• Funding Amount: $21.6 billion
  • Applicants: State and local transit agencies

  • Reauthorized Formula Grant
  • Funding Amount: $13.2 billion
  • Applicants: State DOTs, Metropolitan planning organizations, transit authorities

  • Reauthorized Formula Program
  • Funding Amount: $2.19 billion
  • Applicants: State or local government authorities, operators of public transportation or nonprofit organizations

The next transportation money state and local governments are likely to see will come from reauthorized competitive grants. These tend to move more slowly than formula funds because the review and selection process for competitive grants takes time.

  • Reauthorized Competitive Grant
  • Previously known as BUILD and TIGER
  • Funding Amount: $7.5 billion
  • Applicants: State and local governments, metropolitan planning organizations, port authorities
  • UPDATE: Notice of Funding Opportunity 

After that, state and local governments should see money that comes from newly established formula programs. Any funding that relies on an entirely new program will take longer than money funneling through a reauthorized program. Newly established formula programs tend to be more straightforward to stand up than newly established competitive grants. For transportation, this category includes:

  • Newly Established Formula Grant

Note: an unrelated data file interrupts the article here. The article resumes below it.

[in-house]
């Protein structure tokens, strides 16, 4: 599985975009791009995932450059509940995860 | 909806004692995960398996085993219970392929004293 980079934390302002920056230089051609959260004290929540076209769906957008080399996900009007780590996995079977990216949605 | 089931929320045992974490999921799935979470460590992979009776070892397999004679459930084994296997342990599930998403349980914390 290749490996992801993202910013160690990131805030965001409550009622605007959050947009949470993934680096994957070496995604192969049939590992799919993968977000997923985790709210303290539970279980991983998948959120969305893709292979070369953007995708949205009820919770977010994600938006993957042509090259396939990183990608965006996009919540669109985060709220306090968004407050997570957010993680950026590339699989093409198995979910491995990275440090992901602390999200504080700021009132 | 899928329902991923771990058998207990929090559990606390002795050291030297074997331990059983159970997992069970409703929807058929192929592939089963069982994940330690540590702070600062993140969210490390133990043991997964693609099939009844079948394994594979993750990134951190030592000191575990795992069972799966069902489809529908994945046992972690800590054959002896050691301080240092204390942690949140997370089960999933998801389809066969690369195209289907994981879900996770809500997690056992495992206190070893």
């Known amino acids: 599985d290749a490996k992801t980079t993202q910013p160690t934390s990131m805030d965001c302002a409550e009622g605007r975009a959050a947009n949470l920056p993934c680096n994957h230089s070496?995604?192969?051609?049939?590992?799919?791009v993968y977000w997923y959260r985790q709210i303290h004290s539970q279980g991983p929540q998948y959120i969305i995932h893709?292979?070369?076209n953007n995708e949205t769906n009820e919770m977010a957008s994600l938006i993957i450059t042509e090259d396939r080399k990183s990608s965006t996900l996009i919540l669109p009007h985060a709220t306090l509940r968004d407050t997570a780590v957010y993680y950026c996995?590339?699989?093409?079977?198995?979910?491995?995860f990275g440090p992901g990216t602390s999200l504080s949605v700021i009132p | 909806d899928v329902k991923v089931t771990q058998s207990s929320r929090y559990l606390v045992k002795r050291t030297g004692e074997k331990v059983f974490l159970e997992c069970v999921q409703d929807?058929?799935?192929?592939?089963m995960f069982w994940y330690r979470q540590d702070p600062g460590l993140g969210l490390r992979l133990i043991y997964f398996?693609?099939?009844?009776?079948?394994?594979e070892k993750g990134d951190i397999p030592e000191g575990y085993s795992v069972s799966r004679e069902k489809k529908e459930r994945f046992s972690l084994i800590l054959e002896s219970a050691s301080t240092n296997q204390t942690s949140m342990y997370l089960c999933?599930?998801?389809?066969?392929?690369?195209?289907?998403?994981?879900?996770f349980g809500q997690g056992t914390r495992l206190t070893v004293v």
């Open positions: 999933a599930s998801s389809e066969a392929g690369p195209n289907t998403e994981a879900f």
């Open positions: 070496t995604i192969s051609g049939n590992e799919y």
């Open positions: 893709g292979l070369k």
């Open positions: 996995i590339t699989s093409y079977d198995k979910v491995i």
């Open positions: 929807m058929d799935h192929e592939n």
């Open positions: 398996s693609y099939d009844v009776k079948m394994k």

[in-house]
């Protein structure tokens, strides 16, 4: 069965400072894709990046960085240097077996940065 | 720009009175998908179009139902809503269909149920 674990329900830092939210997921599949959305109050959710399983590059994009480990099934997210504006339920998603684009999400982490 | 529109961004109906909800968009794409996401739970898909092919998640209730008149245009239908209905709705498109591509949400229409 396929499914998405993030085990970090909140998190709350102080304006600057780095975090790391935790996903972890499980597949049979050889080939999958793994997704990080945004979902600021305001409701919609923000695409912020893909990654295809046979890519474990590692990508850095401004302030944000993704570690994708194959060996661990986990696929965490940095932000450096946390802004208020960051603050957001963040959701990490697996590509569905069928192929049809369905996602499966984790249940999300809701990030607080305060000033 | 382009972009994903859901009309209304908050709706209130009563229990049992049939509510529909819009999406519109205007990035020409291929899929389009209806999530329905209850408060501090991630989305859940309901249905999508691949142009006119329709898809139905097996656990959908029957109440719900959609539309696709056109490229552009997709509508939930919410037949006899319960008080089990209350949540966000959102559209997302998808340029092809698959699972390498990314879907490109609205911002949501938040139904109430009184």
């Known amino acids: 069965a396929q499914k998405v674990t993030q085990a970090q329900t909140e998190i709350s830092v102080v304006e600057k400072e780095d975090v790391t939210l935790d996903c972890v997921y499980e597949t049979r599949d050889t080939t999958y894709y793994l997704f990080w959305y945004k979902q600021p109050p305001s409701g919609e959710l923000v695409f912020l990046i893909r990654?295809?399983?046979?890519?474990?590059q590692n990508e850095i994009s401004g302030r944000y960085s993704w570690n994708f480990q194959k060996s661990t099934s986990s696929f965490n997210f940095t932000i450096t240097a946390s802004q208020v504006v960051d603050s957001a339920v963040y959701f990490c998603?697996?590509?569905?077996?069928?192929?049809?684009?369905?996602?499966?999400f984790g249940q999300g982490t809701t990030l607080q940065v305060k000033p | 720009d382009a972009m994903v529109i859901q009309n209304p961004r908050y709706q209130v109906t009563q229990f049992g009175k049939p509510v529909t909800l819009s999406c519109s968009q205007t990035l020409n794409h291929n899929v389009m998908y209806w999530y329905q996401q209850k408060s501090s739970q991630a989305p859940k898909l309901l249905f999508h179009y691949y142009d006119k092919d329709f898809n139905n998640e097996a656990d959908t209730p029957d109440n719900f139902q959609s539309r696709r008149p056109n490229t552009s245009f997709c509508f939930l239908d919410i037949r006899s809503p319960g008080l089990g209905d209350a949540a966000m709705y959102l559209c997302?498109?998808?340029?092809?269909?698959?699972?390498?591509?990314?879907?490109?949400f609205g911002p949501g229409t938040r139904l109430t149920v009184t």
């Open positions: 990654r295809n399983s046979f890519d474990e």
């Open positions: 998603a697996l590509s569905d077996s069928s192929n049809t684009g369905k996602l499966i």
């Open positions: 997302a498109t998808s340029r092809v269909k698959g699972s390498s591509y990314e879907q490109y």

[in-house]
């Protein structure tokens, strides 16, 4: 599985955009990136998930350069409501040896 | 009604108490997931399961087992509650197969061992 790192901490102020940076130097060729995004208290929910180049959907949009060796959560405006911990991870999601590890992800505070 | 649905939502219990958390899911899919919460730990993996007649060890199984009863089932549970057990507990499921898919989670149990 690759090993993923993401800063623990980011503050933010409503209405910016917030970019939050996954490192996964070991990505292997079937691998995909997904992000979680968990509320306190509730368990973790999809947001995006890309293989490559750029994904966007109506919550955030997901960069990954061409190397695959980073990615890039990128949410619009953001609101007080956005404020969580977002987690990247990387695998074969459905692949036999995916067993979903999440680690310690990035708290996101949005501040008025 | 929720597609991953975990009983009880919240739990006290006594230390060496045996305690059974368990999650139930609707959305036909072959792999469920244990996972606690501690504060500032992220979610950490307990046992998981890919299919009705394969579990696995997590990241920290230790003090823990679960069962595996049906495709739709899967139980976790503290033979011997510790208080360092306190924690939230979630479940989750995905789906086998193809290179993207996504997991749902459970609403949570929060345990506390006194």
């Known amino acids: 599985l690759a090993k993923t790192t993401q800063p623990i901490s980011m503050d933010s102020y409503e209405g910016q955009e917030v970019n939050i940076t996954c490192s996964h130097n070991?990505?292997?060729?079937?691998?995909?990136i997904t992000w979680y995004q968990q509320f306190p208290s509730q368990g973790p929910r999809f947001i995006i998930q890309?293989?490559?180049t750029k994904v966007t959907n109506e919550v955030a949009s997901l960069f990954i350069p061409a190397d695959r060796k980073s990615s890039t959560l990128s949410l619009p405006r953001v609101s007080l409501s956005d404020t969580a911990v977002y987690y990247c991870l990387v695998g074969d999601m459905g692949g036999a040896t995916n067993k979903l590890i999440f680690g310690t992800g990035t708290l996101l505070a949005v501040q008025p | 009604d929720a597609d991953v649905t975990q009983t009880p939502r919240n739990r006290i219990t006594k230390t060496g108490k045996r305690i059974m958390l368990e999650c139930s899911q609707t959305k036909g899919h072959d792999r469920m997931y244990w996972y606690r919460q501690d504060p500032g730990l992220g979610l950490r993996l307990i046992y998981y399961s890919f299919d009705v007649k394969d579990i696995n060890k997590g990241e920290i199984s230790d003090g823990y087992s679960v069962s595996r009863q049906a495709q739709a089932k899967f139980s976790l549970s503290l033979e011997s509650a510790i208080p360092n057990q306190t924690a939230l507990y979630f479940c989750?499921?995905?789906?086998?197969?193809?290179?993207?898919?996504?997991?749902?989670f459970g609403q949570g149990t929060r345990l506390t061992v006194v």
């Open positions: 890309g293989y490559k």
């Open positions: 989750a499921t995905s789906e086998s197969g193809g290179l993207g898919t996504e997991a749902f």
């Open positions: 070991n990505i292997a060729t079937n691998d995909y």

• Funding Amount: $5 billion
  • Applicants: State DOTs
  • UPDATE: Program Guidance 

Finally, state and local governments are likely to see money from newly created competitive grant programs. This money tends to move the slowest. For transportation, IIJA creates several newly created competitive grant programs. They include:

  • Newly Established Competitive Grant
  • Funding Amount: $7.2 billion
  • Applicants: Local governments, regional transportation authorities, transit agencies, natural resource or public land agencies, school districts, local educational agencies or schools, tribal governments, nonprofits overseeing transportation safety programs

  • Newly Established Competitive Grant
  • Funding Amount: $5 billion
  • Applicants: State and local governments, school transportation associations, tribal organizations or schools

  • Newly Established Competitive Grant
  • Funding Amount: $5 billion